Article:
Robotic-assisted gait training in Parkinson's disease: a three-month follow-up randomized clinical trial

Anna Furnari, Rocco Salvatore Calabrò, Maria Cristina De Cola, Michelangelo Bartolo, Alberto Castelli, Alessia Mapelli, Giampiero Buttacchio, Elena Farini, Placido Bramanti, Roberto Casale

Research output: Contribution to journalArticlepeer-review


Purpose: The aim of this study was to evaluate the efficacy of a robotic-assisted gait training (RAGT), together with a conventional exercise program (CEP), to improve PD ambulation, as compared to standard gait training. Methods: Thirty-eight patients with mild PD stage (H&Y 2–2.5) were randomly assigned to an experimental group (EG) or a control group. The 19 patients in EG received 30 min RAGT (using Lokomat device), whereas the 19 controls received a conventional gait training; both groups received 30 min of CEP. Participants were evaluated before (T0), immediately after (T1), and 12 weeks after the end of treatment (T2), by using 10-MWT, Tinetti Test and the motor score of the UPDRS-III. Results: We found that Tinetti Walking (TW) (X2(3) = 31.75; p < 0.001), Tinetti Balance (X2(3) = 74.07; p < 0.001), UPDRS-III (X2(3) = 6.87; p < 0.001) and GDS (X2(3) = 28.83; p < 0.001) scores were affected by the type of the rehabilitative treatment. At T2, we found a significant difference between the two groups for TW (t = 2.62; p < 0.02, d = 0.85). Concerning all the study outcomes, a significant improvement was observed from T0 to T1 in both groups. However, the functional motor gain at T2 was maintained only in the EG. Conclusions: RAGT may significantly improve walking ability, motor function and for a maximum period of three months. Thus, our findings support the importance of a RAGT as a valid rehabilitative tool for PD.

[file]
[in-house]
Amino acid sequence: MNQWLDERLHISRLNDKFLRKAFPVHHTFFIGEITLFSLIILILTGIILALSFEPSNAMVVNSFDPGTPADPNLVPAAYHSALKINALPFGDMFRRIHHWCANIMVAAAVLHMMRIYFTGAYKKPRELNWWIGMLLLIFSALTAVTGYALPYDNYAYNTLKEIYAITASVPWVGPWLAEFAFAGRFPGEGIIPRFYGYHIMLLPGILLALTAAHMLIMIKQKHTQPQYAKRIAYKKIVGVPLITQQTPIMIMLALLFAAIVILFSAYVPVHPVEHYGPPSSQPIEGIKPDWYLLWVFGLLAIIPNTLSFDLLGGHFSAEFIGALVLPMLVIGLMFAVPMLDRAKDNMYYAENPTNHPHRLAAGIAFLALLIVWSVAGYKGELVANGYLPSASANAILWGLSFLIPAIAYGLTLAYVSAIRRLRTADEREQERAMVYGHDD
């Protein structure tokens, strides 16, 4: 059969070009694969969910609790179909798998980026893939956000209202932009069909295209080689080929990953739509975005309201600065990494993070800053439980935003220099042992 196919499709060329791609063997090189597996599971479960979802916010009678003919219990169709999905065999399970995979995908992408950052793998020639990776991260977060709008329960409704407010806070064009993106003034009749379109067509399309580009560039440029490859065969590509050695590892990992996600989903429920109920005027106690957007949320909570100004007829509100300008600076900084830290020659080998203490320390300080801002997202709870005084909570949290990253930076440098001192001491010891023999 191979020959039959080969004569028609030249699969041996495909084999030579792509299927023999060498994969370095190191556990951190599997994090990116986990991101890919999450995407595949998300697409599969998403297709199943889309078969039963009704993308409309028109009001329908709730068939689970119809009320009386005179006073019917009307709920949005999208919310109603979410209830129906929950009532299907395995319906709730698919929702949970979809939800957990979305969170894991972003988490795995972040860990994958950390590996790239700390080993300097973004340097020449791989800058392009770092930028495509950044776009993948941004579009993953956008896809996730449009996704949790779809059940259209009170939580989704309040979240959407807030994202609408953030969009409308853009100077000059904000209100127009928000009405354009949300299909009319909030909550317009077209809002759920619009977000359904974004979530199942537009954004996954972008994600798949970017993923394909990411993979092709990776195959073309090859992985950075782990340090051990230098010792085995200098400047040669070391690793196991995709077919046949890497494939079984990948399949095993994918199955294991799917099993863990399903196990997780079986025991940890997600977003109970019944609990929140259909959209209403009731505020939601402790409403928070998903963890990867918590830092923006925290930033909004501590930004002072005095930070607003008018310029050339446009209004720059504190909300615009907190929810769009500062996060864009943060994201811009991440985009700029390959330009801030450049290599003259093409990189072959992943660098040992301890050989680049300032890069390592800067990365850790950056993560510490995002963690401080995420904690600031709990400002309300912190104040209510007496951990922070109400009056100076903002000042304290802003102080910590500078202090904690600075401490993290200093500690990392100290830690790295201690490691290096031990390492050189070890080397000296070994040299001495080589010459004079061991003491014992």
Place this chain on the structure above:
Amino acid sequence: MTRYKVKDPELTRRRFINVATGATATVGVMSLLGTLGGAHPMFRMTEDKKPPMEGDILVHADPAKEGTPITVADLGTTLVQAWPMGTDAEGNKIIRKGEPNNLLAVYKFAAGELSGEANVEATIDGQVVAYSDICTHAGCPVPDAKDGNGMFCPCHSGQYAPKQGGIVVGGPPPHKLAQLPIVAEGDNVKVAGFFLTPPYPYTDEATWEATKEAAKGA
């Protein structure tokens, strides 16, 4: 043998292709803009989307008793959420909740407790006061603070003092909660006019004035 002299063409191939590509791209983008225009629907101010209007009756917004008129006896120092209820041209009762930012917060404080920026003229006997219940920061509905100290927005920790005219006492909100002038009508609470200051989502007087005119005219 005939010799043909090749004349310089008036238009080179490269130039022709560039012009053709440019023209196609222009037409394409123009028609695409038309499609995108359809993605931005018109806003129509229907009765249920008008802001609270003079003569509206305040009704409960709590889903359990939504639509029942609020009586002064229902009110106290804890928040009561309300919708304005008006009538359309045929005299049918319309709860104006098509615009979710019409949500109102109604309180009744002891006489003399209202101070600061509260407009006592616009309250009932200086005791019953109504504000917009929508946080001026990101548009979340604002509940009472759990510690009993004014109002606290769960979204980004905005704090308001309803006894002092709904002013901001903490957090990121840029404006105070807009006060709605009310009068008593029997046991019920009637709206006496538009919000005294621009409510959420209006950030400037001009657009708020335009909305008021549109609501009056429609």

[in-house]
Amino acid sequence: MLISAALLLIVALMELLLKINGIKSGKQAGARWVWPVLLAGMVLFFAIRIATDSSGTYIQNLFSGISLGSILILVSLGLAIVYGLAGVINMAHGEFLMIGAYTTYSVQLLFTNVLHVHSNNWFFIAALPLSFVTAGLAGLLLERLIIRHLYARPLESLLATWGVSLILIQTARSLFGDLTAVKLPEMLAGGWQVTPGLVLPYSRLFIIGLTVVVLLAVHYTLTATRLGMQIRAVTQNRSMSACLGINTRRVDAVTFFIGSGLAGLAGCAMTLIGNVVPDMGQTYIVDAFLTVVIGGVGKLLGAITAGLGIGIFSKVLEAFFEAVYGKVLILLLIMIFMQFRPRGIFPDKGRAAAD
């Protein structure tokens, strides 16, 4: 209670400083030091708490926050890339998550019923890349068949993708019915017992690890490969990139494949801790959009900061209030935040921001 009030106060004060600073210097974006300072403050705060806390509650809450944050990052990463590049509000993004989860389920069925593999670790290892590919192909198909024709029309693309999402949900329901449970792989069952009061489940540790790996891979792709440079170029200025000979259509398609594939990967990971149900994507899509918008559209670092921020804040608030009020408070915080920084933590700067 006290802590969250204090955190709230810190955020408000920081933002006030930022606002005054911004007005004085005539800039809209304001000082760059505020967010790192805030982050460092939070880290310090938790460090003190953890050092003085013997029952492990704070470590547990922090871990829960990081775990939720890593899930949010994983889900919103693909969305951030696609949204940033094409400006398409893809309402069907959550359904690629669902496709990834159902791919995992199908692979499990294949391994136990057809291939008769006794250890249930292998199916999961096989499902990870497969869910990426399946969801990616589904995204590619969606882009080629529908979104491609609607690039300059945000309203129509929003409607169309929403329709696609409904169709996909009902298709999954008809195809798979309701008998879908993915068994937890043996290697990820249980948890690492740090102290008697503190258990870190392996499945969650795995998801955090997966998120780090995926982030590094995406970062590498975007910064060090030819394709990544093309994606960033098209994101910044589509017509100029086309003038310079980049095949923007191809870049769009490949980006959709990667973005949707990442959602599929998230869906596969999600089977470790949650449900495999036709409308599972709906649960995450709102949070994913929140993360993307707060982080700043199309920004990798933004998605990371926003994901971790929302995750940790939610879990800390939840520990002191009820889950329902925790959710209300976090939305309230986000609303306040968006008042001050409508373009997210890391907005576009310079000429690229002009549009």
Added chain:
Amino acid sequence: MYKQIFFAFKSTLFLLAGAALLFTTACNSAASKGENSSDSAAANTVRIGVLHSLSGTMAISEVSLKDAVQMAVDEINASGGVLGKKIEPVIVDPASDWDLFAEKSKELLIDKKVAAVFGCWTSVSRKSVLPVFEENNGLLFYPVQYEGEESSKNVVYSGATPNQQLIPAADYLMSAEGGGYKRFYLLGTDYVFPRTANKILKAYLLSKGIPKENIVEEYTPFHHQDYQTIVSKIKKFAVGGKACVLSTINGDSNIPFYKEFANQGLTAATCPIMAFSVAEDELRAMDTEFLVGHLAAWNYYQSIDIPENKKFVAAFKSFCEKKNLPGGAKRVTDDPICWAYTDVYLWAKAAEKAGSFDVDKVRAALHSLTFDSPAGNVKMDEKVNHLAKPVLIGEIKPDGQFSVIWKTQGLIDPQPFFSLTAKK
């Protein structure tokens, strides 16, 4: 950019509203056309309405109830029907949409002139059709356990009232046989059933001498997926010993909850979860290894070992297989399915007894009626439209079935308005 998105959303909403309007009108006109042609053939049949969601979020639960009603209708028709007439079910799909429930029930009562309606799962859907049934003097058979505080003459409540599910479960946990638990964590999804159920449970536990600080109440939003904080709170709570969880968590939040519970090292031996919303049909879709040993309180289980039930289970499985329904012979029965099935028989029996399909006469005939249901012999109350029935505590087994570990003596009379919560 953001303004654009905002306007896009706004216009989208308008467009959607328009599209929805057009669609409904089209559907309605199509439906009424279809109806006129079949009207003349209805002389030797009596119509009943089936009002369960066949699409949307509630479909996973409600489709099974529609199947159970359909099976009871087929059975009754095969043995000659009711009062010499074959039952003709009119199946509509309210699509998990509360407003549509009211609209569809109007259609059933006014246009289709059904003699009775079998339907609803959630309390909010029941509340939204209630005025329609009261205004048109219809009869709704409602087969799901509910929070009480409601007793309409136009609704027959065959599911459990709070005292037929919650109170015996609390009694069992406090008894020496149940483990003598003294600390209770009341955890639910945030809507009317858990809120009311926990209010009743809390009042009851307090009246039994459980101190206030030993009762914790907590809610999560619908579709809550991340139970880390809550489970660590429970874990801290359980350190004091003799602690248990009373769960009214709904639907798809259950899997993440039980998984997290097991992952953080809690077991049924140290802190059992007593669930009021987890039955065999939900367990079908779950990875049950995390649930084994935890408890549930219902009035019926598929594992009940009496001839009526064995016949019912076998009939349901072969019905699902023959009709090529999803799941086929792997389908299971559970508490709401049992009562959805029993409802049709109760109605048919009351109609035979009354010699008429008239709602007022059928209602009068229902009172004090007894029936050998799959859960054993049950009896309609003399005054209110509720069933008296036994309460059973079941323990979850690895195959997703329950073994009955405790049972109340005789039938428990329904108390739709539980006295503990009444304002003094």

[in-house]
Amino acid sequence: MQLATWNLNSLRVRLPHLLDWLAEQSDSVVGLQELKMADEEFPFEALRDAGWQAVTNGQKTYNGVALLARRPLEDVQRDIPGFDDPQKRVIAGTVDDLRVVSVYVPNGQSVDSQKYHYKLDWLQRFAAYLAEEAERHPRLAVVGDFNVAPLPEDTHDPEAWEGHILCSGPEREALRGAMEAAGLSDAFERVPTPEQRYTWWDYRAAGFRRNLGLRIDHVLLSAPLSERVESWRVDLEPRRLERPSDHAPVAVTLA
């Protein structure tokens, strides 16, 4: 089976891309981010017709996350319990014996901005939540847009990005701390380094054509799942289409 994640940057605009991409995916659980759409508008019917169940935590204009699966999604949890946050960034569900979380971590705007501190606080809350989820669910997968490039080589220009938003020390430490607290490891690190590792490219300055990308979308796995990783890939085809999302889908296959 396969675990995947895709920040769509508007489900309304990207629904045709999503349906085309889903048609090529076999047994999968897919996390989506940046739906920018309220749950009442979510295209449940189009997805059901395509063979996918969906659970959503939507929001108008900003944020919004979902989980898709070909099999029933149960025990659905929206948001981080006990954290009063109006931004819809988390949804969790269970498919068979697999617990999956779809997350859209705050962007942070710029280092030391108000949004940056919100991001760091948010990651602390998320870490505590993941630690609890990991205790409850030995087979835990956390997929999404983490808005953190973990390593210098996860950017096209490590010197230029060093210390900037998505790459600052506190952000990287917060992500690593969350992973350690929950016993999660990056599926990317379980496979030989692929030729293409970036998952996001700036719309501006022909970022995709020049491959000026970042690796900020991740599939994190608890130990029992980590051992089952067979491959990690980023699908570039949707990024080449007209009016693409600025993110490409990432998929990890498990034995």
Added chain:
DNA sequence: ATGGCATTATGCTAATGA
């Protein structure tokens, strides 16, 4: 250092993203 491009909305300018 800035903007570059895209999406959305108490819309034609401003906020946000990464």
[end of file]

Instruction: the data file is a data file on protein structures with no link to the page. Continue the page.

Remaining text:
Original languageEnglish
Pages (from-to)996-1004
Number of pages9
JournalInternational Journal of Neuroscience
Publication statusAccepted/In press - Feb 1 2017


  • device-based therapy
  • gait disorders
  • lower extremity rehabilitation
  • Neurodegenerative brain disorder

ASJC Scopus subject areas

  • Neuroscience(all)


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